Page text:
The Le Bonheur Crocodile Farm is a CITES registered breeder and tanner of the African Nile crocodile, a crocodile that is a resident reptile in many of South Africa’s game reserves but which no longer roams free in the country – meaning that this is a great spot to see them in real life if you haven’t done so before!
In addition to its primary crocodile farming activities, Le Bonheur (which means “happiness”) also just happens to be a beautiful estate in Simondium, offers catch-and-release fishing, has wedding and conference facilities, and also caters as a children’s party venue.
Oh, and it is one of the few places in Cape Town that you can of course get a delicious crocodile pie.
Always on the lookout for things to go see with the girls, Chantelle and I decided to head out towards Simondium/Paarl one recent gorgeous Saturday afternoon after hearing about this Le Bonheur crocodile farm. It’s a great drive out there if you’re coming from our Gordon’s Bay side of the world, though the last stretch to actually reach the estate itself is a quite a bit of a bumpy gravel experience!
The Le Bonheur setup is such that you can spend the day at the estate without ever visiting the crocodile dams (which is a paid for experience), though if you haven’t yet seen the crocodiles before then of course this would be a rather silly thing to do.
The crocodile ‘tour’ happens every 45 minutes throughout the day, and after paying your money, things are kicked off with a short introductory information session before everyone heads out to the walled crocodile pens.
There you’ll have a bit of an interactive session with some baby crocodiles (we handled six month old crocs, and I have to say, it’s certainly the first time I’ve ever held a crocodile!), before being set free to stroll along the walkway that stretches between the various dams, all containing a multitude of different aged crocodiles.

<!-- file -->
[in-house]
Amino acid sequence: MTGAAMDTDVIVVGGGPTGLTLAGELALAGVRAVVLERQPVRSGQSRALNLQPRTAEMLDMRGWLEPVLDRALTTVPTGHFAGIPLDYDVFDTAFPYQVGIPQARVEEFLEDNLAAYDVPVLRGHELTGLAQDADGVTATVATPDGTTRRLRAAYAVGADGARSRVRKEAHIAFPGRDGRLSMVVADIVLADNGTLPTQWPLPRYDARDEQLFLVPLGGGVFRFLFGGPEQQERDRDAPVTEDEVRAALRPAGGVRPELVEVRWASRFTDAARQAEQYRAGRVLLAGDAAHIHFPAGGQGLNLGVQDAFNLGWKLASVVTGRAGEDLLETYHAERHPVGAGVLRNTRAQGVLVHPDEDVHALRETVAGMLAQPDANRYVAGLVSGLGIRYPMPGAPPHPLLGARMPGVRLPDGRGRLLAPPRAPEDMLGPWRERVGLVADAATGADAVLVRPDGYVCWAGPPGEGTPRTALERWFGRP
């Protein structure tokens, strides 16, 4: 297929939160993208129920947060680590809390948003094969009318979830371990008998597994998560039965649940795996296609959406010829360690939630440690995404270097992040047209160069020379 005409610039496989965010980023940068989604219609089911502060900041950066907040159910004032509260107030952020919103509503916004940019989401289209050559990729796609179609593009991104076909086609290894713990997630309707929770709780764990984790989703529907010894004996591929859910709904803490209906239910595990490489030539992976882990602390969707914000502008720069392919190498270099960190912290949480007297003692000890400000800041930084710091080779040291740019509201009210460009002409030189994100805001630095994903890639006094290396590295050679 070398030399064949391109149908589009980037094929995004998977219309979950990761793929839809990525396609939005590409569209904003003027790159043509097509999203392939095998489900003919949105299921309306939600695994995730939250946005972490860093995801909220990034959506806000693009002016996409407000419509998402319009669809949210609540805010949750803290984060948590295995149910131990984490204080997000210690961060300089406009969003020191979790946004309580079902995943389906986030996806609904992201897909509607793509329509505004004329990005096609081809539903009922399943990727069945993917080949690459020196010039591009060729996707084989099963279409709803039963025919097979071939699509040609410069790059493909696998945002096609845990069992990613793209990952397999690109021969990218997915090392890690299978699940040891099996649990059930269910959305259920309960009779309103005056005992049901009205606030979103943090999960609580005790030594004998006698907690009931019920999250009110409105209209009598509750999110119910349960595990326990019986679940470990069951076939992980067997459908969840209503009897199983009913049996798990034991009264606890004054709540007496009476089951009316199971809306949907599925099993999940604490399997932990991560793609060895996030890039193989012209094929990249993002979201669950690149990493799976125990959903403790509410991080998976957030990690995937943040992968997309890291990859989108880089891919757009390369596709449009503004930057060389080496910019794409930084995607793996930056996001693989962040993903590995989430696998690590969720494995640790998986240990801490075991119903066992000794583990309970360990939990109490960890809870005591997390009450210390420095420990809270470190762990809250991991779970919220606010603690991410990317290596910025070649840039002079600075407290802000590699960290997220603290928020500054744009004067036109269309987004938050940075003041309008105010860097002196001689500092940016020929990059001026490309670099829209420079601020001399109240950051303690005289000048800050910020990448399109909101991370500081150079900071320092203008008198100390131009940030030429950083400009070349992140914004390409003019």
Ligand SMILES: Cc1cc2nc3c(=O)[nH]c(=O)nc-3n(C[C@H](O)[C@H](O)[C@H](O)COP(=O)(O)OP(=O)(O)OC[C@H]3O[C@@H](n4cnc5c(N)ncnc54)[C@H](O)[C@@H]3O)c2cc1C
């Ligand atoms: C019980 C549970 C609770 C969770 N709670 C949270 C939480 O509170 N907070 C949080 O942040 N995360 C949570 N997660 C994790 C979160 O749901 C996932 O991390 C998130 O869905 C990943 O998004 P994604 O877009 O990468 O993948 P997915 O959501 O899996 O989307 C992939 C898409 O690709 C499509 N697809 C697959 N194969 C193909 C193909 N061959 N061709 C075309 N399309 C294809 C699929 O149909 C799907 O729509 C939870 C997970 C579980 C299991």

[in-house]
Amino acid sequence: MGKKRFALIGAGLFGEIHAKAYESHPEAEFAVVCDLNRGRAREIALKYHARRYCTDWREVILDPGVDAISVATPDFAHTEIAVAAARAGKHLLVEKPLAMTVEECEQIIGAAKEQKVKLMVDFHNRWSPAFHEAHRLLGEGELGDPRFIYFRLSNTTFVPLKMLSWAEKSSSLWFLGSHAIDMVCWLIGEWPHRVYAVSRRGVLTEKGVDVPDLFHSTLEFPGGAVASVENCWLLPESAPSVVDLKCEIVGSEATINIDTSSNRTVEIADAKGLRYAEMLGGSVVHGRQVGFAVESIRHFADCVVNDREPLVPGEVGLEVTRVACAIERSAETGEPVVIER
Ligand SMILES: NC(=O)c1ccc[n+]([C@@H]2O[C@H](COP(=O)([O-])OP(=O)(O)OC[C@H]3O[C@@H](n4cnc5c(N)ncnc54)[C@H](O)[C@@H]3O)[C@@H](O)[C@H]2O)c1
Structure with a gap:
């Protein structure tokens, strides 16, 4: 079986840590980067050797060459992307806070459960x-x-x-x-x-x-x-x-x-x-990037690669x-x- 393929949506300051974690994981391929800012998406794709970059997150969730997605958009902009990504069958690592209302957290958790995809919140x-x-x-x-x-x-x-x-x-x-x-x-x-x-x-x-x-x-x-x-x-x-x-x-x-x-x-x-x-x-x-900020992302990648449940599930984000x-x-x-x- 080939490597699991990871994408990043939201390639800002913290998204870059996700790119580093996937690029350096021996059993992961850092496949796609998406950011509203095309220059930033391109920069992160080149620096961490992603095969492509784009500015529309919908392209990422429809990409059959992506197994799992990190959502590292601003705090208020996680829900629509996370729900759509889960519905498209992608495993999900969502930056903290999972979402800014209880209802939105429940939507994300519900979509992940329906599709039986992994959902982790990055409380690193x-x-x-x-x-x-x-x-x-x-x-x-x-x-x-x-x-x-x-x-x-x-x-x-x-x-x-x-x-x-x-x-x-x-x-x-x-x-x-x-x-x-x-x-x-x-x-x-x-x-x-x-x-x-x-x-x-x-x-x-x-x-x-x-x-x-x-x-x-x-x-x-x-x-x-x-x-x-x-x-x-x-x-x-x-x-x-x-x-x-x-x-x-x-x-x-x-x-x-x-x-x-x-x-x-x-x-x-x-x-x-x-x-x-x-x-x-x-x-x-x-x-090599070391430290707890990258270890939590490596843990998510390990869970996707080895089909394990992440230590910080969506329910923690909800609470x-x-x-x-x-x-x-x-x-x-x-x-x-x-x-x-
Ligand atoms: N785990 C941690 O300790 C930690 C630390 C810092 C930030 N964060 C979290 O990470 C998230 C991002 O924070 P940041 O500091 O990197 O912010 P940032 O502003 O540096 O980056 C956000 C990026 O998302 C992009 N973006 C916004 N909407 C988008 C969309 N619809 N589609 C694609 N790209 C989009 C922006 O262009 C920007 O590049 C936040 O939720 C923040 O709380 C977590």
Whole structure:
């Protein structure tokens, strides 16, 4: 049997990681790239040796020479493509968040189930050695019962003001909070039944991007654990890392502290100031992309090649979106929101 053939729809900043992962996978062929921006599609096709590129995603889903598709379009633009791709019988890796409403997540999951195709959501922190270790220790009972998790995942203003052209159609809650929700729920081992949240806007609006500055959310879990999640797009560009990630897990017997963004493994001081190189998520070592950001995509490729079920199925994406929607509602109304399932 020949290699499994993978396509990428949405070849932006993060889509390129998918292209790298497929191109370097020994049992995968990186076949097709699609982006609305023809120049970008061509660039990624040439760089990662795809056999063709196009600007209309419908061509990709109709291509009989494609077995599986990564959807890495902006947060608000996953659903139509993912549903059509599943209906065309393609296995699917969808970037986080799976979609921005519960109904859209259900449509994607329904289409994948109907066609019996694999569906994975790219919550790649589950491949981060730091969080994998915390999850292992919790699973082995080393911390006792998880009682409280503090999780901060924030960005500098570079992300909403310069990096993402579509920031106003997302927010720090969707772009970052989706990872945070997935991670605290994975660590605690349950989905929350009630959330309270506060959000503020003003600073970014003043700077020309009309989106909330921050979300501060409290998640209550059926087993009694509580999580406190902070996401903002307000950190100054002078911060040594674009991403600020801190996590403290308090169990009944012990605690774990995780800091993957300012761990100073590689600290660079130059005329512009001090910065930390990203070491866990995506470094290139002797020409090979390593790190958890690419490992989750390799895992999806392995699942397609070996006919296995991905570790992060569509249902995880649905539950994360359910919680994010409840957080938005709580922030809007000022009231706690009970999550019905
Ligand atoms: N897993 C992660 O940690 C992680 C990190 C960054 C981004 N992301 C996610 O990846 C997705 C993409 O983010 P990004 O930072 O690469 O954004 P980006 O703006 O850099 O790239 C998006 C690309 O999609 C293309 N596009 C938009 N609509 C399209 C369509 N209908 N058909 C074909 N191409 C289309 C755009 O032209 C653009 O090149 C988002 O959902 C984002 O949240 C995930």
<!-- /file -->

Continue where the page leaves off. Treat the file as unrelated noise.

(Though you won’t find anything much older than three years in there – that’s pretty much the best age for harvesting the leather off the crocodile in terms of it still being relatively easy to do. Anything older and it becomes a major mission because of the thickness of the hide!)
Because this is a working farm, there are a lot of crocodile leather items on display and for sale – but be warned though – a full crocodile hide will set you back R20,000! (After all, this is a luxury leather in great demand over in Italy and some other parts of Europe.)
The crocodile pens aren’t particular large and you’ll breeze through it pretty quickly, but again, if you haven’t seen crocodiles in real life before then this is certainly a good way to go about it.
Needless to say, apart from the nosebleed that kind of spoiled this part of the outing somewhat, Jess did enjoy seeing all these beasts up fairly close – though not enough that she’d actually touch one of course! :)
Outside of the crocodile pens is then the estate itself, and it has a cozy dining area with a kitchen that serves all manner of foods – though if you are first timers like we were then the crocodile pie is definitely recommended.
Chantelle turned out to be not so much of a fan of the crocodile meat, but I have to say that I did actually enjoy it. Very much like chicken in terms of texture and taste, but with a definite, strong venison flavour teasing your palate throughout.
On the bottom level, next to the fishing dam, is a kids’ play area, plus a few scattered eating/picnic spots under the abundant trees, all of which opens up to a lovely grass bank which is perfect to laze about on whilst you watch the eager beavers hire some rods and attempt to catch some fish.
A really relaxing and beautiful venue then in other words.
Jess, Emily, Chantelle and I had a thoroughly marvelous day at Le Bonheur in the end, and if you haven’t been there before then it is definitely worth the recommend – again, especially if you haven’t seen crocodiles in real life before!